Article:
Confederation's cradle calls a vote
Referendum on how to elect MLAs
ATLANTIC CANADA BUREAU
HALIFAX—Prince Edward Island is flirting with a radical election reform that may pioneer fundamental changes to democracy across Canada.
Voters in a province considered the birthplace of Confederation will decide next month whether to endorse a new kind of voting system designed to end lopsided majority governments.
The coming plebiscite on proportional representation has stirred deep emotion and debate in the tiny, perfect province where not just politics but jobs often ride on election results.
Some have accused Premier Pat Binns of trying to scuttle the reform, while others have lauded him for putting P.E.I. in the path of history. Binns, however, says he isn't trying to do either.
"To me, this has never been about trying to make history," he said in a phone interview. "It's about making a system as fair as possible."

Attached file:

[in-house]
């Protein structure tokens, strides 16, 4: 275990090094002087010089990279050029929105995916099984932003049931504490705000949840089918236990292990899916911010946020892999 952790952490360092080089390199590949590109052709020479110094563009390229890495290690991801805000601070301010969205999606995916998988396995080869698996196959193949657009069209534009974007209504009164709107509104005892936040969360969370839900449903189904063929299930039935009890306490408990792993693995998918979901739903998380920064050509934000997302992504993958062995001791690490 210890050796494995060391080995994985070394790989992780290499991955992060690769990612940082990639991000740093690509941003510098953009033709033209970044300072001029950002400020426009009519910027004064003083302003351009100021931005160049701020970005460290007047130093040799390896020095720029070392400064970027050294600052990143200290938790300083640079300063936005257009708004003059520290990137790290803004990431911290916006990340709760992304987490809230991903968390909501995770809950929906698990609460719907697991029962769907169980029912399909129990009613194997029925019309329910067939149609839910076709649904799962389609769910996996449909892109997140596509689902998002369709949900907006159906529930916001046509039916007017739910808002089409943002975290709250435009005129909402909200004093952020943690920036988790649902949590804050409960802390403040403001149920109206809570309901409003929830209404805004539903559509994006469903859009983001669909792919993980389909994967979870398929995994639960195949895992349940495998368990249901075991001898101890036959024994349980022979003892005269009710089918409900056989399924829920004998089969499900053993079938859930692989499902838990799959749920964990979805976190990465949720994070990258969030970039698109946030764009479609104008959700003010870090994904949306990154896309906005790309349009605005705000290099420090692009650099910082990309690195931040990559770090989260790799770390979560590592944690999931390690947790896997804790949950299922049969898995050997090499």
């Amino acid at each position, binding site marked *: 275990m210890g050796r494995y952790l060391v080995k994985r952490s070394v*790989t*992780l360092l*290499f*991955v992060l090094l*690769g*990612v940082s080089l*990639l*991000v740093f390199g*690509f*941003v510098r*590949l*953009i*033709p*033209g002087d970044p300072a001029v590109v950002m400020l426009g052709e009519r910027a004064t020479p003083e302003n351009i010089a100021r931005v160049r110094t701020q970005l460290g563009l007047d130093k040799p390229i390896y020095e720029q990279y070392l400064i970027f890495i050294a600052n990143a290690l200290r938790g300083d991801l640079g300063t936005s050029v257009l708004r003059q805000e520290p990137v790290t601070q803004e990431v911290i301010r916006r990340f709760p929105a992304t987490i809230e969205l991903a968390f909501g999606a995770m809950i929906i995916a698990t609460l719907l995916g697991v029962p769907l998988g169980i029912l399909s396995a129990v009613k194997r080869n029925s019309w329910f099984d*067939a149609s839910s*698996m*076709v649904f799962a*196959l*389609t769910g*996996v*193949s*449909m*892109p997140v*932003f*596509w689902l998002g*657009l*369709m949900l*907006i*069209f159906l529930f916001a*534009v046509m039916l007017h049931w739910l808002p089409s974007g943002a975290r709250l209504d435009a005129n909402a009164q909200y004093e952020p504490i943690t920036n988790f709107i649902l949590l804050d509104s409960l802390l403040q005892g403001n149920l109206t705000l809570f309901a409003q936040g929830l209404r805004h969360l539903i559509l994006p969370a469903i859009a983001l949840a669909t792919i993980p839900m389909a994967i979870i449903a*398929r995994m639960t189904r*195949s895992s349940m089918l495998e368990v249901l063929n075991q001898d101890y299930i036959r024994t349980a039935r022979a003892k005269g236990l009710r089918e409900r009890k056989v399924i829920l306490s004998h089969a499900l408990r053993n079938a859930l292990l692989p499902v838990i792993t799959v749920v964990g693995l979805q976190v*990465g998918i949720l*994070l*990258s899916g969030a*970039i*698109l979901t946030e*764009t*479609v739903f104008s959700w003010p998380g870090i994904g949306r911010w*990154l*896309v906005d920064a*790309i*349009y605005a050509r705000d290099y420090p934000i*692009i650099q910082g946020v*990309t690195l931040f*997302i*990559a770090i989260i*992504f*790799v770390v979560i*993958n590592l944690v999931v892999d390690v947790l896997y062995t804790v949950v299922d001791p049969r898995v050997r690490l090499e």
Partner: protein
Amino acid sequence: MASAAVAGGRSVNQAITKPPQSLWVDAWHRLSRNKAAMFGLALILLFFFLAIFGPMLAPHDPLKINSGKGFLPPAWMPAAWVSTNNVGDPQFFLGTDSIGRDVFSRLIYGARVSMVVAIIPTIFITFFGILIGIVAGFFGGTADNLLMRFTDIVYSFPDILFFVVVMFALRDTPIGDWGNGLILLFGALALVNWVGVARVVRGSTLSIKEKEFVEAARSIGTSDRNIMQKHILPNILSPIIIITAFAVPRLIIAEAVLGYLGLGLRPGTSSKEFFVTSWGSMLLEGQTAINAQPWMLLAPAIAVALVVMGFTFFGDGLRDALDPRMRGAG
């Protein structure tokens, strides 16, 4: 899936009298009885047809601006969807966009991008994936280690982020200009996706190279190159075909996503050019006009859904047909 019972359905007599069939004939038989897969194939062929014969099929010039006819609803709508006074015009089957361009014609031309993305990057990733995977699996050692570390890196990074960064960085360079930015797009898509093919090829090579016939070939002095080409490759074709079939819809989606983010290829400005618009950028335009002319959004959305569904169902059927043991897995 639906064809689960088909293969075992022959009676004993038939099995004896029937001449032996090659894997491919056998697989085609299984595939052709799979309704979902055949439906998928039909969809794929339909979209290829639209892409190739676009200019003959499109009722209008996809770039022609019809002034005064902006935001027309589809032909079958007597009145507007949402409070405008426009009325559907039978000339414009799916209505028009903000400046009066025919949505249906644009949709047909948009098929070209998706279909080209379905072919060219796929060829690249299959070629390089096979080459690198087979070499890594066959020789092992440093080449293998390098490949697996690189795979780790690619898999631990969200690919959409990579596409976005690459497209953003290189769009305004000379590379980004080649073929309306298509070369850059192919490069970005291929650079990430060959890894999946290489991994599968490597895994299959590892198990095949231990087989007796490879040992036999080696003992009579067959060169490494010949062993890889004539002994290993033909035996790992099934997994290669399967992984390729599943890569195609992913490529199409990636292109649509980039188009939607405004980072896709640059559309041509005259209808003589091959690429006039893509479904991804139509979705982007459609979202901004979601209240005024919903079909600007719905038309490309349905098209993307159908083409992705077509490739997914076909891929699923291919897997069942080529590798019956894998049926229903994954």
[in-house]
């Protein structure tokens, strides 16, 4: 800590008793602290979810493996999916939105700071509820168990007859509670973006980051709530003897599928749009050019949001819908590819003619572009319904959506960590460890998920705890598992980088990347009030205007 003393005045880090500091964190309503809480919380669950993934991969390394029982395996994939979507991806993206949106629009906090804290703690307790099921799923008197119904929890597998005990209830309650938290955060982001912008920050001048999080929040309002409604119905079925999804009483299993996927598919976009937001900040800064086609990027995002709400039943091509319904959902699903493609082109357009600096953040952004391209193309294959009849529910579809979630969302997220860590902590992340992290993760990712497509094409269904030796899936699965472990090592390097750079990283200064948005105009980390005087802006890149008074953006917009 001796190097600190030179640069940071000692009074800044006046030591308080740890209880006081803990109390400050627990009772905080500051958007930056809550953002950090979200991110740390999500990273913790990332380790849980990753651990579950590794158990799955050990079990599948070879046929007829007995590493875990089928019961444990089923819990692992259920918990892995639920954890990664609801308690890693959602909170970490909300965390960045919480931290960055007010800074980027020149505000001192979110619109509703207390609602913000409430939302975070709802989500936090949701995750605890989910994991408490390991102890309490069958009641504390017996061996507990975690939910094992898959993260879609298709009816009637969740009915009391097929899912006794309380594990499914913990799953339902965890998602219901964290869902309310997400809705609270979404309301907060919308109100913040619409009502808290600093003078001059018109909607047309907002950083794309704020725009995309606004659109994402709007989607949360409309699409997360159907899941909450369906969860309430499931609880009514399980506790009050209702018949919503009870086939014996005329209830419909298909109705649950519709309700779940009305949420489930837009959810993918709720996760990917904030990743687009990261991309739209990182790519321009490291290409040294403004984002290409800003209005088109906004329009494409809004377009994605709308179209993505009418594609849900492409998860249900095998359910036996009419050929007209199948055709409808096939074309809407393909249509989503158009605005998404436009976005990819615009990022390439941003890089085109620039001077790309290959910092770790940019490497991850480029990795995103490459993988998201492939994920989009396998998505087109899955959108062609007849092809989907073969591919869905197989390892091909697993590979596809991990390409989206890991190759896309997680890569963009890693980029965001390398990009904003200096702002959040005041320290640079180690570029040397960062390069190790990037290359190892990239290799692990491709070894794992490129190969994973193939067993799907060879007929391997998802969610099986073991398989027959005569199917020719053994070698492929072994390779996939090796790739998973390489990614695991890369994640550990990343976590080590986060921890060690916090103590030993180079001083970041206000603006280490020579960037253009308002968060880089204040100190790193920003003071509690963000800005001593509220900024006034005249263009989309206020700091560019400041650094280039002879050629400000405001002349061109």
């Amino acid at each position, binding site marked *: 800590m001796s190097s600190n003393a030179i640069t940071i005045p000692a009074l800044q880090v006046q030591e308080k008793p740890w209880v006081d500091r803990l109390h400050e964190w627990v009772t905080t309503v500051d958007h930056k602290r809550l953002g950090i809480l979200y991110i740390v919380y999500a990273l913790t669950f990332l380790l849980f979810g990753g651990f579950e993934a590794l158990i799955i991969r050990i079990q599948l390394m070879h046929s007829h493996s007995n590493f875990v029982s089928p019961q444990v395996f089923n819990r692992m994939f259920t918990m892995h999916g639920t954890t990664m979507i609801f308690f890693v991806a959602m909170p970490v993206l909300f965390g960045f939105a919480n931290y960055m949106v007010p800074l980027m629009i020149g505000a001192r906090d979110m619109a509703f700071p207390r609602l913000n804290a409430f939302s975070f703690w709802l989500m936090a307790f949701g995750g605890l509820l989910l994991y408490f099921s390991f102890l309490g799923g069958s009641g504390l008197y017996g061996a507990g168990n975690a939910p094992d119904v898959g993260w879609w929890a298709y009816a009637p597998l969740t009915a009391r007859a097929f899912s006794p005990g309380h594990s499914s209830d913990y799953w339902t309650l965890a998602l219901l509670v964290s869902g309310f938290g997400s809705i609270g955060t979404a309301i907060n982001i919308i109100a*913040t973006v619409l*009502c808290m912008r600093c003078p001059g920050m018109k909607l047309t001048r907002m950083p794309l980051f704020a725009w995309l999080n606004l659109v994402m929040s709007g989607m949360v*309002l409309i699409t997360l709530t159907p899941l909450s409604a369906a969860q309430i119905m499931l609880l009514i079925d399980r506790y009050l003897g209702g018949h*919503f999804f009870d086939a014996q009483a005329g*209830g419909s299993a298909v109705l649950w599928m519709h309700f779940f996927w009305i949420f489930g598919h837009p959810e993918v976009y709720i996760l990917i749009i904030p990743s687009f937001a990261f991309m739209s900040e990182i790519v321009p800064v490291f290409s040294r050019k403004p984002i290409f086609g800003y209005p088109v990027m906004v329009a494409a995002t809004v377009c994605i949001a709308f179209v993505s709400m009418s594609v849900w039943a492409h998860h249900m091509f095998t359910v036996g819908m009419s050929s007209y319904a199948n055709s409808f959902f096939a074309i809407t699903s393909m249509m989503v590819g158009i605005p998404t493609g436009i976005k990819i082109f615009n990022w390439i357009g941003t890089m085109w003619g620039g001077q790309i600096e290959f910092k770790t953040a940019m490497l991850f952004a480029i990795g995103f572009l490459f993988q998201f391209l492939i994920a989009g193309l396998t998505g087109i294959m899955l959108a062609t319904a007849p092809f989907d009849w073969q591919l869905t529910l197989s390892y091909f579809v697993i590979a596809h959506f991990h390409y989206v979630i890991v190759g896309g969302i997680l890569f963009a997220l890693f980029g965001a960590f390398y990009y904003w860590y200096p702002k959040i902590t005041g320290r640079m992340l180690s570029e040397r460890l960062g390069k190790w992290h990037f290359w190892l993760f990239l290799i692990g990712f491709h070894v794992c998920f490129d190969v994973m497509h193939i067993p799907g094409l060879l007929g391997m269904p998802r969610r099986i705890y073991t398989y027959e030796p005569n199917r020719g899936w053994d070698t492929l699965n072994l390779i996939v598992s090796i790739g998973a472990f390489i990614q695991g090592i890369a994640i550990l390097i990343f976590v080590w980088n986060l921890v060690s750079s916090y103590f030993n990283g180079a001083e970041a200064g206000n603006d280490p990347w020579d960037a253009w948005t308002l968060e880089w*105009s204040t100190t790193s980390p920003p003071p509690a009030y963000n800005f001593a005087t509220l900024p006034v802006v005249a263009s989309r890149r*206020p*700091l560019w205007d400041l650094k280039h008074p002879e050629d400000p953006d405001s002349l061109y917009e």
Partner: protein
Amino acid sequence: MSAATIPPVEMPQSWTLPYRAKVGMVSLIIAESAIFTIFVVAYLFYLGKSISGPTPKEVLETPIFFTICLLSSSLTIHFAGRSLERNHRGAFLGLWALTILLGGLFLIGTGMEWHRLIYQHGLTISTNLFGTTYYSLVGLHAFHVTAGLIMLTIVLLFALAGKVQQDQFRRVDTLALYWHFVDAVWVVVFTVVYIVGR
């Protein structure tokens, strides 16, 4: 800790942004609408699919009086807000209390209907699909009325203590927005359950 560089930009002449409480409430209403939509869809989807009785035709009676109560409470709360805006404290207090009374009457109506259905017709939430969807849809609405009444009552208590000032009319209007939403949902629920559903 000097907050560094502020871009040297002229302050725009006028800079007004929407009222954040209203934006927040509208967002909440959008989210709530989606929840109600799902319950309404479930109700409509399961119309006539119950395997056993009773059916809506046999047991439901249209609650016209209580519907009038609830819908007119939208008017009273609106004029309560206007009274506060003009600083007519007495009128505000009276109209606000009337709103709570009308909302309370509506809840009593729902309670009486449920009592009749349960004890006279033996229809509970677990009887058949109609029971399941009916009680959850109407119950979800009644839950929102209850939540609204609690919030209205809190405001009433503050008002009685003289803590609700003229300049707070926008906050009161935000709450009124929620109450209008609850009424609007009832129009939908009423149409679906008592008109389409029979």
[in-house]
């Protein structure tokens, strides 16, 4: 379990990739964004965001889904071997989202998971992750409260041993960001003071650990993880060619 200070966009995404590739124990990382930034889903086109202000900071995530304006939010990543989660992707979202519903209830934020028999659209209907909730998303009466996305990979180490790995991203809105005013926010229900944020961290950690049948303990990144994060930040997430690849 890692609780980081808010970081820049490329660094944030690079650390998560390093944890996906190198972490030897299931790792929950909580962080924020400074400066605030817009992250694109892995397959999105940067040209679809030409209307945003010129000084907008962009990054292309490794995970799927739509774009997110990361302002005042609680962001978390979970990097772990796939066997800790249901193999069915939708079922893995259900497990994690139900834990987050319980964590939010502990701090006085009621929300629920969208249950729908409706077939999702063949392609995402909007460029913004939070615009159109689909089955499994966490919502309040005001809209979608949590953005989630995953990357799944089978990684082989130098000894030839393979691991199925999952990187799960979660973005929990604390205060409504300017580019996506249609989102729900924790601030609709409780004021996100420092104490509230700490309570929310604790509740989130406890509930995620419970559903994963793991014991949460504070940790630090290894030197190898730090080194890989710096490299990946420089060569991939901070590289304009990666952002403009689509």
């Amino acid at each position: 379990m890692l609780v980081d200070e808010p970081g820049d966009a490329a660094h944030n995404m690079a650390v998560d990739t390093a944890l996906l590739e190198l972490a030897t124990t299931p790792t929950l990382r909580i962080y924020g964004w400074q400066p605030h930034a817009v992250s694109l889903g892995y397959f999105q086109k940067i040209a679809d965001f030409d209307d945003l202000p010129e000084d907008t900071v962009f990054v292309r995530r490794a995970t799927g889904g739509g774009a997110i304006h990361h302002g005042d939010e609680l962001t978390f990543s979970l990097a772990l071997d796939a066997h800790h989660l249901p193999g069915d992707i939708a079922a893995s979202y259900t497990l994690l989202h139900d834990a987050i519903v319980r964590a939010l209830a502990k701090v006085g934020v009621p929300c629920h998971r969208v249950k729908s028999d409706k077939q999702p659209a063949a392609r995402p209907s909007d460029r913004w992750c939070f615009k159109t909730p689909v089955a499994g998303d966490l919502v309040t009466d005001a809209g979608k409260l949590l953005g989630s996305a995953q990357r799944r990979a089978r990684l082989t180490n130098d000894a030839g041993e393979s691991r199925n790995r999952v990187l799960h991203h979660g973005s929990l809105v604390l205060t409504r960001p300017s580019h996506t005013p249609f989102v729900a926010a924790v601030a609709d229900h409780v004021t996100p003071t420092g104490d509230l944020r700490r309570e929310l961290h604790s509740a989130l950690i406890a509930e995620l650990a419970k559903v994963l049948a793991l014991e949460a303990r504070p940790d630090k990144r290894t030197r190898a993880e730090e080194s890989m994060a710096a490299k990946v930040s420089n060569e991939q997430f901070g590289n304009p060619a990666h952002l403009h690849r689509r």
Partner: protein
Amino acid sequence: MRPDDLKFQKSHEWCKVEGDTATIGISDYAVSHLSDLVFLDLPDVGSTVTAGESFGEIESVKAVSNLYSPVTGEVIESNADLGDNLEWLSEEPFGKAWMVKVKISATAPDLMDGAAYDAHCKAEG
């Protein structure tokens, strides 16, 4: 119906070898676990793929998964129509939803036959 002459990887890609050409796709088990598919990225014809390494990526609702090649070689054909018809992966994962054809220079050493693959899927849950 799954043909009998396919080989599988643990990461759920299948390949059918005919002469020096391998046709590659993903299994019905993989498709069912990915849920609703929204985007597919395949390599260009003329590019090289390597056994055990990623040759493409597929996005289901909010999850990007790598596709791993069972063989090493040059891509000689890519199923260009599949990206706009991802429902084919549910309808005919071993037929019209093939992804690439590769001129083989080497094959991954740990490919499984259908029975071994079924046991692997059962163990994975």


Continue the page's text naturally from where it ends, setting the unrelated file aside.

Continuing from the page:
The current system, in which the candidate with the greatest number of votes in each district wins his or her seat, has created huge majorities that do not reflect the popular vote.
In the island's last general election, only 54 per cent of the populace voted for the Progressive Conservative party, yet the party took 85 per cent of the Legislative Assembly's 27 seats. In the 2000 election, the Liberal party won 35 per cent of the popular vote, but took only one seat in the assembly.
Binns benefited from both those windfalls, but now believes it is a problem that could erode faith in the system.
"The outcome was very lopsided in the last three elections in terms of the number of members elected," he said.
"That gave rise to the feeling that there must be something better here that we can do."